Category Archives: non-fiction

She Persisted

Last weekend, I volunteered at Gannon’s graduation ceremonies. It was good to meet other people on campus, not to mention experience the excitement in the air of hundreds of grads finishing one adventure and starting a new one. It was a bit odd with all the COVID restrictions, but it was a win that we could do it at all, and it went off smoothly.

During the third ceremony, I was in the back and saw a girl four rows up struggling with her hood. At Gannon, all the grad, including the undergraduates have hoods that go down their backs. There is a hook in the front and another one in the back to keep the two sides together. It was one thing we were doing all day: arranging hoods and doing up the little hooks.

This girl was trying to straighten out her own by twisting her hand behind her back. She kept at it to the point I felt bad. I would have gone up to help her but I didn’t know if she’d want a strange guy to suddenly come up behind her. I thought of asking one of the female volunteers nearby to help her but they were all engaged.

After a few minutes she got it all straightened out and even managed to hook the two pieces together, sight unseen. Then I noticed how she had decorated the top of her mortarboard: Nevertheless, She Persisted.

Yep, she’ll do okay, I thought. She’s not one to give up.

Actual hat not shown
Unrelated to the main story, but cute

Bus Joy

This piece is unusual for this blog because it’s true. These days I’ve been taking the bus to and from work. It’s not a bad commute, usually only about 15 minutes and the buses are never crowded. If you have to take public transportation, take it where it’s not that popular, as opposed to Korea where I once counted about 90 people on my bus and only then because I was taller than most of them.

The best part of taking the bus (besides sitting and listening to audiobooks) is watching the other people. Most people tend to blend together, just masked figures that get on quietly and sit engrossed in their phones but sometimes someone will stand out.

One is a little girl that has started getting on with her mother a few stops after me. She’s probably about three with a mass of curly hair and every time she gets on the bus, it’s like watching a little Indiana Jones about to embark on a new adventure. She is so excited to be on the bus and looking around with barely contained energy and excitement. Her mother picked her up last time to keep her from charging ahead on her own and the little explorer yelled “Yaaaay!” all the way back to their seats.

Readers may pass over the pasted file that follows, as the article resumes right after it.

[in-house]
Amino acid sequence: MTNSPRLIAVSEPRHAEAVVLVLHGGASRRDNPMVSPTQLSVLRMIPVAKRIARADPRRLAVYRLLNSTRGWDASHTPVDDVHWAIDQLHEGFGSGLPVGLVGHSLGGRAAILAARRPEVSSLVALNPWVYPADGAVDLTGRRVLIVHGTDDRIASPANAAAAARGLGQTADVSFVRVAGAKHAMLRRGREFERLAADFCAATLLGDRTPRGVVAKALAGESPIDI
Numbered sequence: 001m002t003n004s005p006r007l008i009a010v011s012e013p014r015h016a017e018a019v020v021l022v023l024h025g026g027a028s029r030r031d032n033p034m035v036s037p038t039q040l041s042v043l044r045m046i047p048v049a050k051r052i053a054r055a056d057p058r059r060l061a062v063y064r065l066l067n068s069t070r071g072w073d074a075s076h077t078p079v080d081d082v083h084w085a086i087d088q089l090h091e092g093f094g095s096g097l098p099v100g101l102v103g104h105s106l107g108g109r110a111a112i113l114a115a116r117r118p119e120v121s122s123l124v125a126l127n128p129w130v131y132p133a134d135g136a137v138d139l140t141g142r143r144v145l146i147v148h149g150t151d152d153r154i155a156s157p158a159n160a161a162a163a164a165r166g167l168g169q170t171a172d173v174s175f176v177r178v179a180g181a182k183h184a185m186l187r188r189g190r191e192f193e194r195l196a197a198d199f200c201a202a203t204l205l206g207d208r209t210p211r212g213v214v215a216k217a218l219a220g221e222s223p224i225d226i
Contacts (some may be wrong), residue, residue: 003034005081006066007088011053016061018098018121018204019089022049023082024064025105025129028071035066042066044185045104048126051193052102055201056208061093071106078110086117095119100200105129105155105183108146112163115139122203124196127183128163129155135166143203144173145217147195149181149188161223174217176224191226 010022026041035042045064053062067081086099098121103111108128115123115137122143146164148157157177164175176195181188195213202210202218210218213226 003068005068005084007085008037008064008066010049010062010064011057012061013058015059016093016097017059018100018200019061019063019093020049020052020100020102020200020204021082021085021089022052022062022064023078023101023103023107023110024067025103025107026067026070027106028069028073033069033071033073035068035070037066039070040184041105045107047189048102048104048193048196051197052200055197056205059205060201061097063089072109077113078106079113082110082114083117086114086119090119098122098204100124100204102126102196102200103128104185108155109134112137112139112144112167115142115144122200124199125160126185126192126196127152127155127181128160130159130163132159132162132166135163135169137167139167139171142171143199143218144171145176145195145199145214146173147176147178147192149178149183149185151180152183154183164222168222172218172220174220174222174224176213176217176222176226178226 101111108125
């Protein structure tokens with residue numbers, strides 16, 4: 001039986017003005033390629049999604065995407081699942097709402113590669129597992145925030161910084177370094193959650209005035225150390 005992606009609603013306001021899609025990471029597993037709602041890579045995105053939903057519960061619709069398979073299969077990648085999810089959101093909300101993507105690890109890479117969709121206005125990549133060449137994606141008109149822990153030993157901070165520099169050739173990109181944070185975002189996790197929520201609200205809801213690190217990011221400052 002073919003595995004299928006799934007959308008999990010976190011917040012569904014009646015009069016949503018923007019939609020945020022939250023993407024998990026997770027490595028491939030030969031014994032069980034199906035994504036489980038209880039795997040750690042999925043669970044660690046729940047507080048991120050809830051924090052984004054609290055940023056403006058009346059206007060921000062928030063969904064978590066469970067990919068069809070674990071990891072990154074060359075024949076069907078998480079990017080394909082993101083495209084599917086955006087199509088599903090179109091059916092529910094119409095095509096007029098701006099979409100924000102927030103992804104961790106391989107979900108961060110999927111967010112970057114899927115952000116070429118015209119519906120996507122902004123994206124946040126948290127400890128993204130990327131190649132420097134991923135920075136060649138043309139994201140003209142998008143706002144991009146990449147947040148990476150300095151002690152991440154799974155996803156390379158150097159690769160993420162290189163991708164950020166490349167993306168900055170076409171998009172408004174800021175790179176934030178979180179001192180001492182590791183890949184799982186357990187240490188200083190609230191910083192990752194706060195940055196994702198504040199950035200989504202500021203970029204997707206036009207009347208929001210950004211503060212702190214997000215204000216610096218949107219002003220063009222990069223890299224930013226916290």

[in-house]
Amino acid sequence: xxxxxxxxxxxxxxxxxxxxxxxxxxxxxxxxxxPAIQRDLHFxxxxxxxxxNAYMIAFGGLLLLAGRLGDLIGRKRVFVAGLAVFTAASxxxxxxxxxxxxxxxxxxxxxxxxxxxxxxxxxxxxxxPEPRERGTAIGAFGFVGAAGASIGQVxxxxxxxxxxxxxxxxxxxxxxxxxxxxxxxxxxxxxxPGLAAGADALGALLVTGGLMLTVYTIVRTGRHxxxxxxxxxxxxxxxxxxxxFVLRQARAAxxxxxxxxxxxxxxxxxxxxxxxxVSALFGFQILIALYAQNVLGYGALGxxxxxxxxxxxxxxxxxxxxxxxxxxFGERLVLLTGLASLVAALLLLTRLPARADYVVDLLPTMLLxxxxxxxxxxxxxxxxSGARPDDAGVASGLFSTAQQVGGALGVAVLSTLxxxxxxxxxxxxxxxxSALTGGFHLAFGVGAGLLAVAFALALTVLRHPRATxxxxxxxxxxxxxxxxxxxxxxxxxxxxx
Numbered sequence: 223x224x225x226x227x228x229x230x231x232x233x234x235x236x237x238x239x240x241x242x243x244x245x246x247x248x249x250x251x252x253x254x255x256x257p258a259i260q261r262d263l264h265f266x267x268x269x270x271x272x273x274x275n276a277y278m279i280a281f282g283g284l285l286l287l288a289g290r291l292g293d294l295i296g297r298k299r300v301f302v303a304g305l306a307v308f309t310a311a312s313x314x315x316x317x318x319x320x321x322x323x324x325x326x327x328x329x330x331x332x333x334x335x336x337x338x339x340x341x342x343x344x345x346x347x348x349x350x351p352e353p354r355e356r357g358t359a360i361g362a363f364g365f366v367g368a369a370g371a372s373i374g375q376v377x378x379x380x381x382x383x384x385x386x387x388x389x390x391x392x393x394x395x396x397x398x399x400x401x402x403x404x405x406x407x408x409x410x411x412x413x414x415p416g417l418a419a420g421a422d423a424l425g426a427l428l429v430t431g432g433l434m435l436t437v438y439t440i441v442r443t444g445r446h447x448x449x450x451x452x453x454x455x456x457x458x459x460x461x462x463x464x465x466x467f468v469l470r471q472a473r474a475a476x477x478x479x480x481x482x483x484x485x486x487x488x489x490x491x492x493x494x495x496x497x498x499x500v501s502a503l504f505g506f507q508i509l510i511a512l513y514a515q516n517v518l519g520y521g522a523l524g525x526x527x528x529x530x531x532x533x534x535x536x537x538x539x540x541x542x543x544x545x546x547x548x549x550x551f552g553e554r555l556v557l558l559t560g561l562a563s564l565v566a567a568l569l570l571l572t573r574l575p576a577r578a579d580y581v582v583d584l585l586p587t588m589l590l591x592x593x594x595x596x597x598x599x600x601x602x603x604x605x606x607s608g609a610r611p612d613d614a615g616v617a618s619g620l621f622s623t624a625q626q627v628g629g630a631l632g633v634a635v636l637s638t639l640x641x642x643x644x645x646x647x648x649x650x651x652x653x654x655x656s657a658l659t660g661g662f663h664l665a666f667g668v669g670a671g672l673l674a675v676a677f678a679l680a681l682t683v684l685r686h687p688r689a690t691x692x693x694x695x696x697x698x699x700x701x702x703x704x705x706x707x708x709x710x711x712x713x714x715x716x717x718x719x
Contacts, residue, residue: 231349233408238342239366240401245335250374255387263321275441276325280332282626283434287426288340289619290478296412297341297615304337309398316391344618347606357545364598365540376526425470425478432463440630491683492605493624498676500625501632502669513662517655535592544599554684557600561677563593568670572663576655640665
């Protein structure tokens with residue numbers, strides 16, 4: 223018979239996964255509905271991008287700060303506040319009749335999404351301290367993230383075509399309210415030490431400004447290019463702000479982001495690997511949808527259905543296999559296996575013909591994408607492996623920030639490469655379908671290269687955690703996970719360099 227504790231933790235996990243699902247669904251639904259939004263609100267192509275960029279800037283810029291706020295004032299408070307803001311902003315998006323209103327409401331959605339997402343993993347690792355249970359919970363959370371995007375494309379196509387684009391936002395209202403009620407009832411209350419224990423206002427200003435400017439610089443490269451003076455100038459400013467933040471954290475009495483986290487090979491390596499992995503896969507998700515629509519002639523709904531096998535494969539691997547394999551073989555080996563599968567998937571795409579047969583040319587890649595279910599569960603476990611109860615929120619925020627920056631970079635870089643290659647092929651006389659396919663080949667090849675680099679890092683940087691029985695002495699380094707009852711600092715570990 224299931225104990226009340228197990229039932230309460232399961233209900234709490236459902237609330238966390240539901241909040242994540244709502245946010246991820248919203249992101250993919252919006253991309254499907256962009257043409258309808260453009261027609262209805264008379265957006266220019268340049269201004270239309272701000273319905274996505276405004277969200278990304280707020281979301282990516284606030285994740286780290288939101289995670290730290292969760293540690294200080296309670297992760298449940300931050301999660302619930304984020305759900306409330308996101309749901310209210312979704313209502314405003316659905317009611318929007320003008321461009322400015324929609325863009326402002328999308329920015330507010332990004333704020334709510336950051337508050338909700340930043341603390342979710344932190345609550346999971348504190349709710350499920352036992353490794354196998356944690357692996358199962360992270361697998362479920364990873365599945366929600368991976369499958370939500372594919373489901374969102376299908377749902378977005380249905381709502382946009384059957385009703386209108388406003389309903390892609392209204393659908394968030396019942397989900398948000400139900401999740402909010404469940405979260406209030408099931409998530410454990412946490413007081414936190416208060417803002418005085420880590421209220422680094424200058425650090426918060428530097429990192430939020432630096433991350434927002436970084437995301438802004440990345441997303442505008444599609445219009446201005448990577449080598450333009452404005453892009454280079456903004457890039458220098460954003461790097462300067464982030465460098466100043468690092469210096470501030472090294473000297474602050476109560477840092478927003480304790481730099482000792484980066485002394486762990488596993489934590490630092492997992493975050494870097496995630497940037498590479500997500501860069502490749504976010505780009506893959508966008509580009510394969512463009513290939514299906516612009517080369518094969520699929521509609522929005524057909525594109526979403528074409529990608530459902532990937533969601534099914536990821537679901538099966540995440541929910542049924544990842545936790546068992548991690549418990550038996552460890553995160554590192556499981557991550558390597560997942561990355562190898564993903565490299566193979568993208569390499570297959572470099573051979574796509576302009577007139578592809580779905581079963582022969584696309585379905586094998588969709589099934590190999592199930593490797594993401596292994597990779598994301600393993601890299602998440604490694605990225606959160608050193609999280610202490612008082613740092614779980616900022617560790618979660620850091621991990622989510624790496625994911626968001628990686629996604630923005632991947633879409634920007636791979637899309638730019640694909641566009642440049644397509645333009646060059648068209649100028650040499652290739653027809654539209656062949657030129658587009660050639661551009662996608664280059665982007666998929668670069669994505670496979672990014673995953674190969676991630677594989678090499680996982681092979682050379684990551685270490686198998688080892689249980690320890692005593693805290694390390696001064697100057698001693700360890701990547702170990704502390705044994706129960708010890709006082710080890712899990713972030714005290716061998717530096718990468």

On the way home that same day, the bus stopped for an old man with a bald head and a thick white beard that stuck out from his chin like a pharaoh’s beard. He seemed to be homeless and the first thing he did when the doors opened was throw a bundle of blankets and clothes into the bus before going back to get his backpack and other things. Everyone waited while he climbed on, then scooped up all his possessions and pushed them into an empty seat, smiling and saying thank you the whole time. He seemed to be wearing about four shirts of various styles.

Two very different people from different stages of life but both very happy just to be riding the bus.


Sleepless in Hanoi

I normally post only fiction here, but since I’m currently traveling in Southeast Asia for work, I have more than my normal share of interesting stories to share.

Because I’m traveling for work, I actually have to work even in the evenings, although I’m sure some people think I’m just on vacation. This involves hours of emails and other computer work and since I don’t like sitting alone in my hotel room for hours, I like to go to coffee shops

This evening after dinner, I found a second-floor coffee shop on a main road in Hanoi and ordered a medium milk coffee. However, when they brought it, there was almost nothing in the cup. This wasn’t a small, let alone a medium. It looked like the dregs left over when someone finishes their drink. I brought it up and asked about it just to make sure I’d gotten the right thing. They said they’d bring another cup even though I insisted it wasn’t necessary.

Image

Then I tasted it. It was definitely NOT milk coffee. It was very strong and tasted quite like . . . I checked the receipt and yep, they had given me an espresso. I had asked for a ca phe sua (milk coffee) and she had apparently heard the “s” and that was all.

It was about that time that they brought the second espresso. Not only did I feel like a jerk for complaining (from their point of view) that my espresso was too small, but now I had two of them at 8:00 pm. Of course, I wasn’t obligated to drink them, but hey, it was free coffee.

Well, at least I can get a lot done tonight.


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